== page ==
for this week’s TRIBUNE : ‘Gentlemen Prefer Blondes’ (1953 – reissue) [8/10]

Published on: February 25th, 2010

Gentlemen Prefer Blondes
Director: Howard Hawks

"MEN grow cold as girls grow old / And we all lose our charms in the end" – according to Gentlemen Prefer Blondes' most famous number, 'Diamonds Are A Girl's Best Friend'. But the film itself shows no sign of losing its charm: agreeably silly, this comedy-musical remains riotously enjoyable more than half a century on. And the luminous appeal of its two stars Jane Russell and Marilyn Monroe certainly hasn't dipped by a single candela.
   Modelling a series of startling outfits – lovingly captured via intense Technicolor – They dance, sing and show a real flair for comedy (both physical and verbal) as daffy gold-digging showgirl Lorelei Lee (Monroe) and her rather more practical-minded best pal Dorothy Shaw (Russell). After Lorelei gets fortuitously engaged to bumbling millionaire-in-waiting Esmond (Tommy Noonan), she and Dorothy embark on a trans-Atlantic cruise – only to be tailed by a private eye (Elliott Reid) hired by Esmond's disapproving father to uncover dirt on his lad's vivacious intended.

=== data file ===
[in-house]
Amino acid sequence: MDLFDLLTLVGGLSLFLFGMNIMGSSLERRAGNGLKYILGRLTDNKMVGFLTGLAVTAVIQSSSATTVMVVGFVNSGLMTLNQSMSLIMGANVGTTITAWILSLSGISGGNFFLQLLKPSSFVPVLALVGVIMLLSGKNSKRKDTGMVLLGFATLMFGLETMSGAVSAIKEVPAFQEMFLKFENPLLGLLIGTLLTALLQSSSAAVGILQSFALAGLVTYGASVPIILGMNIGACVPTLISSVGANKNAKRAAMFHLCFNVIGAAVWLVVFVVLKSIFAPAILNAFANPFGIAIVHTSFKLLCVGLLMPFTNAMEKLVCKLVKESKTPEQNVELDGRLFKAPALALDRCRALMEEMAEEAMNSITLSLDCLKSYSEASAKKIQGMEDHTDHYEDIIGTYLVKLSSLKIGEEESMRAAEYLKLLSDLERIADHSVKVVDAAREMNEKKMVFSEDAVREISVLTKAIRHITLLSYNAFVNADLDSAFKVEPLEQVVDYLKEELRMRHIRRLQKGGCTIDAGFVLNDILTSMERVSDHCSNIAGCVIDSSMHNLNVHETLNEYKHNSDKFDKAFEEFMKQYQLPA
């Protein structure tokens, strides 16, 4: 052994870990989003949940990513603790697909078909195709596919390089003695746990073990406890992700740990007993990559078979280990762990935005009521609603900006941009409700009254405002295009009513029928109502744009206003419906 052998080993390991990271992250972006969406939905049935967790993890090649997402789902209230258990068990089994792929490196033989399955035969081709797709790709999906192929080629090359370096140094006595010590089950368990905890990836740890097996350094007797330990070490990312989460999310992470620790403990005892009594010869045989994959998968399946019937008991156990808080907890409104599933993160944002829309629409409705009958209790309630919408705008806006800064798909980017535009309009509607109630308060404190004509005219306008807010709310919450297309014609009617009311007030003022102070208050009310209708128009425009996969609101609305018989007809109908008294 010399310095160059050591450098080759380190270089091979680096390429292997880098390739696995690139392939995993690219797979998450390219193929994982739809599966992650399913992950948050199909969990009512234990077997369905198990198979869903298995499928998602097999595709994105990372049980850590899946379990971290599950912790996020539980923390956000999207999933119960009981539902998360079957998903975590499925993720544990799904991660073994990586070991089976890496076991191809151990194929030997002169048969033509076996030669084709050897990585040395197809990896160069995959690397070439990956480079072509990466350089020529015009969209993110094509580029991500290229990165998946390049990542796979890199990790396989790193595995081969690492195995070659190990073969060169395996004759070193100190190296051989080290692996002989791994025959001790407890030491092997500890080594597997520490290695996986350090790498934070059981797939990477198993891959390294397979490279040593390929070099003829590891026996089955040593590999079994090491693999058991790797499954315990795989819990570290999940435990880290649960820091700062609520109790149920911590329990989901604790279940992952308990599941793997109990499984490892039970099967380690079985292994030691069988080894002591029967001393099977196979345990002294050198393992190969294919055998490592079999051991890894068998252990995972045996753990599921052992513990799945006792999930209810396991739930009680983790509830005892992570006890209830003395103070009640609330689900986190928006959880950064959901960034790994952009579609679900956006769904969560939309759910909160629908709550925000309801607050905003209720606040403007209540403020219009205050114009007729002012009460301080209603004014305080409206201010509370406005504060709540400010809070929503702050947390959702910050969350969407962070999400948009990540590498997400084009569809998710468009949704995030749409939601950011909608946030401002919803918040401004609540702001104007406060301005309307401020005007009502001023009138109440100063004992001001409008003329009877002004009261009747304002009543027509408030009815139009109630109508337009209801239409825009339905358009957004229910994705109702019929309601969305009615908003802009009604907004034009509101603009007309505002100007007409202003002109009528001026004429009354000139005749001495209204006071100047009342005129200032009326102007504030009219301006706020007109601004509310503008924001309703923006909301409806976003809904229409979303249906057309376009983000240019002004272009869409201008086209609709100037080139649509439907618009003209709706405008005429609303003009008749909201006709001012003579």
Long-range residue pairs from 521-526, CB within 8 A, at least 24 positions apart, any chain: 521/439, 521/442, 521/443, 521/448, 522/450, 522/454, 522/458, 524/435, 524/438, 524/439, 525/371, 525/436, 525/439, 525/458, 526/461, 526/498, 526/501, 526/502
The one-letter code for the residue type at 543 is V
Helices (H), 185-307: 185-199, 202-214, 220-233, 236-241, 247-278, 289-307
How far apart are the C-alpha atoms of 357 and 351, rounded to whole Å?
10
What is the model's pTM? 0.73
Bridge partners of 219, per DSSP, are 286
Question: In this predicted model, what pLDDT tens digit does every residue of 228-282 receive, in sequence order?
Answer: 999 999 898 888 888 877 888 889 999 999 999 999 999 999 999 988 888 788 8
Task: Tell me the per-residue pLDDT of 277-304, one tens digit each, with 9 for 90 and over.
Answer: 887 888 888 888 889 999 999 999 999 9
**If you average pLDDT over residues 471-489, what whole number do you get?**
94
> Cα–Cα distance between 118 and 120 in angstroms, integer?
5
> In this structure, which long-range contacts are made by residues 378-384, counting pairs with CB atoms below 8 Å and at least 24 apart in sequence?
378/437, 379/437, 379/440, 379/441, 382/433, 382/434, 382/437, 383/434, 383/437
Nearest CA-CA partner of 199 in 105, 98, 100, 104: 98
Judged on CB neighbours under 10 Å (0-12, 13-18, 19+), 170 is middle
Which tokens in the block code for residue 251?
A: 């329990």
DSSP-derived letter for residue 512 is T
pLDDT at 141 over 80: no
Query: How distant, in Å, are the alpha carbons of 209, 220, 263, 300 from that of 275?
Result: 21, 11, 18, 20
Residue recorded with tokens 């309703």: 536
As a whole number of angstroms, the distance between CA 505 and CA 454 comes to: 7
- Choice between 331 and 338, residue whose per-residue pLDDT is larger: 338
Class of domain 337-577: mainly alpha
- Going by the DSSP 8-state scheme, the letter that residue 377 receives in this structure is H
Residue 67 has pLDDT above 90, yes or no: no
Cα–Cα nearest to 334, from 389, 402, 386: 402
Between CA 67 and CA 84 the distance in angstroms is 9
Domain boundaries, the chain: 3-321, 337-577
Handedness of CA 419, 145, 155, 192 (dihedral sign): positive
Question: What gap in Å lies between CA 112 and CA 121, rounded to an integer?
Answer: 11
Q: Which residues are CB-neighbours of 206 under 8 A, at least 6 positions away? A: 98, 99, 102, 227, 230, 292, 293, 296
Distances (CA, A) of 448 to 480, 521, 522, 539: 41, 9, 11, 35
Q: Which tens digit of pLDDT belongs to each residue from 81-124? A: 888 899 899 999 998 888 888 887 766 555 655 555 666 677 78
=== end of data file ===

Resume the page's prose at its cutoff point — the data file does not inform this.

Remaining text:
Dorothy (implausibly) falls head-over-heels for the pipe-smokingly square snoop, just as she and Lorelei are getting themselves mixed up in silly shenanigans involving a titled, buffoonish Brit (Charles Coburn), his snooty wife (Norma Varden), and the latter's priceless tiara. Events spiral further out of control once the ship finally reaches France and our heroines make a bee-line for 'gay Paree'…
   The script – by Charles Lederer, based on the novel of the same name by Anita Loos (and its play adaptation by Fields and Loos) – has an amiably anything-goes feel, with perhaps even a slight screwball atmosphere as the chaos mounts. Though the big set-piece numbers are terrific, elsewhere a couple of the less spectacular musical numbers could perhaps have been profitably pruned. But then again it would be a shame to lose even a single frame of Russell and Monroe on this kind of form, enjoying one of cinema's great female friendships: turns out diamonds aren't a girl's best friend, after all.

Neil Young
15th February 2010
(written for the 24th February edition of Tribune magazine)

GENTLEMEN PREFER BLONDES : [8/10] : USA 1953 : Howard HAWKS : 91m (BBFC).
Seen at Filmhouse cinema, Edinburgh, 25th August 2007 – Edinburgh International Film Festival ( £6.50). {21/28}
original review.